Karen, we are so excited; there are so many opportunities to create fresh experiences out of what Hong Kong has.

Now, on the other hand, Hong Kong also boasts many new developments. One, which needs no further introduction, is our enhanced accessibility through the Hong Kong–Zhuhai–Macau Bridge and the Guangzhou-Shenzhen-Hong Express Rail Link.

Two, our range of venues is expanding. AsiaWorld-Expo is on its way to its Phase Two expansion, and will transform Hall II into a 20,000-seat Super Arena for future major concerts and conferences. Meanwhile, Kai Tak Sports Park will benefit conventions coming to Hong Kong. Although it is positioned as a sports facility, it could very well host global, gigantic conferences with 20,000 or 30,000 people.

Three, Hong Kong’s continued urban development will give us the SkyCity Development, which is a highly anticipated landmark spanning approximately 25 hectares. It will transform Hong Kong International Airport from a city’s airport into an airport city. AsiaWorld-Expo is part of this area, and it will soon be joined by 11 SKIES, Hong Kong’s largest hub for retail, dining and entertainment. 11 SKIES will open in phases from now to 2025.

These venue enhancements will benefit big events. Is there support for smaller gatherings?
If you look at the whole MICE business portfolio for Hong Kong, a big portion of business actually comes from small groups with 10 to 200 attendees. Such groups may be here for corporate incentive travel or small-sized conventions.

While small, they are an important source of business for Hong Kong. So, we’ve built up a funding scheme for trade partners across the supply chain, ranging from overseas agents to hotels in Hong Kong. Such support will enable them to spend on reconnecting with overseas partners and marketing activities.

It is necessary to ensure every scale of player gets help with establishing recovery momentum.
Indeed. I must say that the whole of Hong Kong is working together very closely to rebuild tourism and events. We have resources from our government, as well as top-level recognition of the importance of attracting business events to Hong Kong.

Along with these affirmations, HKTB has the support of business leaders, chambers of commerce, and professional bodies in the areas of accounting, legal, medical, and more. In 2021, we created the Hong Kong Convention Ambassador programme and invited 120 people from different sectors to be advocates of Hong Kong. Their mission is to contribute to the resumption of travel and business events in Hong Kong.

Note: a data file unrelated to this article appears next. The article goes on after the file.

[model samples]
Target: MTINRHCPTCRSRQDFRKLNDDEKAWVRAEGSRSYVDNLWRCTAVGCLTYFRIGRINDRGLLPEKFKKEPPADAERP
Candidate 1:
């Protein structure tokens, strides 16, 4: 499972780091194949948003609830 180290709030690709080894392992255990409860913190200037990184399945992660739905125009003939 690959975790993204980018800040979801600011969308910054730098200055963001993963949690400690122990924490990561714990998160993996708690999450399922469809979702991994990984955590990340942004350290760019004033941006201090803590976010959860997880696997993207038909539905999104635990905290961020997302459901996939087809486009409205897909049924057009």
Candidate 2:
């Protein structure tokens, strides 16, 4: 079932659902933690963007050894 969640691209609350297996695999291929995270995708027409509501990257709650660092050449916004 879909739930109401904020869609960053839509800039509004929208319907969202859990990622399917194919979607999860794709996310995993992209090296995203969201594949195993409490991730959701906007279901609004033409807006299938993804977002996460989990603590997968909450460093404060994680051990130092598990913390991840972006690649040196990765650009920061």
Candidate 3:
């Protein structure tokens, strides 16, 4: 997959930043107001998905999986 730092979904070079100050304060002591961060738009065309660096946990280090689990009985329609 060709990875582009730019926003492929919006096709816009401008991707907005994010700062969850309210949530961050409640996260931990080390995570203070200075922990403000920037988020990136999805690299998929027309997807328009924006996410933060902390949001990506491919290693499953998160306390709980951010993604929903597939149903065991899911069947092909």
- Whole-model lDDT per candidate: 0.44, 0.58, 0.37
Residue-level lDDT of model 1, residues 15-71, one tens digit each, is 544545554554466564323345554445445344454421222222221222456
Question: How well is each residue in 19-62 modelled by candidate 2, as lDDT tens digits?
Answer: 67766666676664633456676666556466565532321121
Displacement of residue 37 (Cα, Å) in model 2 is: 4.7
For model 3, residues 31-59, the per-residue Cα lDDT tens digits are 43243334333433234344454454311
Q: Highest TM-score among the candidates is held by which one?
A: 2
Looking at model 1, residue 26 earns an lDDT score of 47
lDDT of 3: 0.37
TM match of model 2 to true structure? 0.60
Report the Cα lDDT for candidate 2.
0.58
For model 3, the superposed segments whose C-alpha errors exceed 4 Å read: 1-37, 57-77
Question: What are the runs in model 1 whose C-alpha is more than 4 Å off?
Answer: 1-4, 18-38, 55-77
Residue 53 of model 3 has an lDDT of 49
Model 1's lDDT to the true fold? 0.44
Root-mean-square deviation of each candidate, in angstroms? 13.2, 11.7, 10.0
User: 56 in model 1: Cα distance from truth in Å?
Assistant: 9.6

These ambassadors are leaders in their own industry or sector, and they would come to us with event leads or ideas for events that Hong Kong could develop. They may also be organising a conference themselves for their industry or sector. Because of the power they hold and the respect they command among their peers, the conversion rate of their leads is very high. Since the launch of the Hong Kong Convention Ambassador programme, we have won over 50 events through ambassadors’ referrals.

The programme is expanding, and this year we recruited 20 ambassadors from China who are heads of professional bodies and industry leaders. Very recently in October, we brought these Chinese ambassadors to meet with our Hong Kong ambassadors. It was an opportunity for them to meet their peers, network and discuss new ideas to support Hong Kong’s travel and events recovery.

Our ambassadors get quite a bit of support from us. We have built them an Intranet mini-site that carries information on Hong Kong’s business events capabilities, a database of ambassadors, and news updates on events won and coming up. We have also given them recognition plaques, and are planning a fiscal event where they can come together and share the success of their efforts.

Macau is very aggressive in trying to get more international events too, and is also leveraging its role in the thriving GBA zone. How do you see Hong Kong positioning itself against Macau while still being a friendly GBA neighbour?
The global MICE industry is huge, and Hong Kong and Macau are so different. The types of industries and sectors we are pursuing for business events are different. We are not direct competitors.

Hong Kong’s strengths lie in its foothold on some of the developed recurring exhibitions, which has room to expand here.

Macau has its own strengths.

For events that need to rotate, going between Hong Kong and Macau is an option. The Hong Kong and Macau combo itinerary is nothing new, and we both can cooperate to attract events to the GBA.

Last question – can you name one event that you are super proud of, and why?
That would be Asia Fruit Logistica. The event left Hong Kong in 2019 and went on to explore other Asian cities, holding editions in Singapore and Thailand.

At that time, we did not realise how big an impact the event’s exit made on Hong Kong. We knew we had to bring it back. We needed to tell the Hong Kong story again, and have Asia Fruit Logistica recognise the value Hong Kong would bring to the event, its exhibitors, and its attendees.

We kept up communications throughout the pandemic, and were focused on rebuilding our relationship.

When Asia Fruit Logistica finally decided to return to Hong Kong in 2023 (September 6-8 at the AsiaWorld-Expo), it had a very successful comeback. We were told that space was sold out two months before the show.

Another interesting story about Asia Fruit Logistica – the last day did not happen because of a typhoon. So, activities were only held across two days, yet total transactions broke pre-pandemic records.

Asia Fruit Logistica is a very special event because it is a genuinely international show – 80 to 90 per cent of attendees are international.

If Hong Kong is able to keep supporting Asia Fruit Logistica, I am confident that it will stay here forever.

Nothing is forever, only diamonds.
(Laughs) Well, at least it has announced 2024 dates in Hong Kong.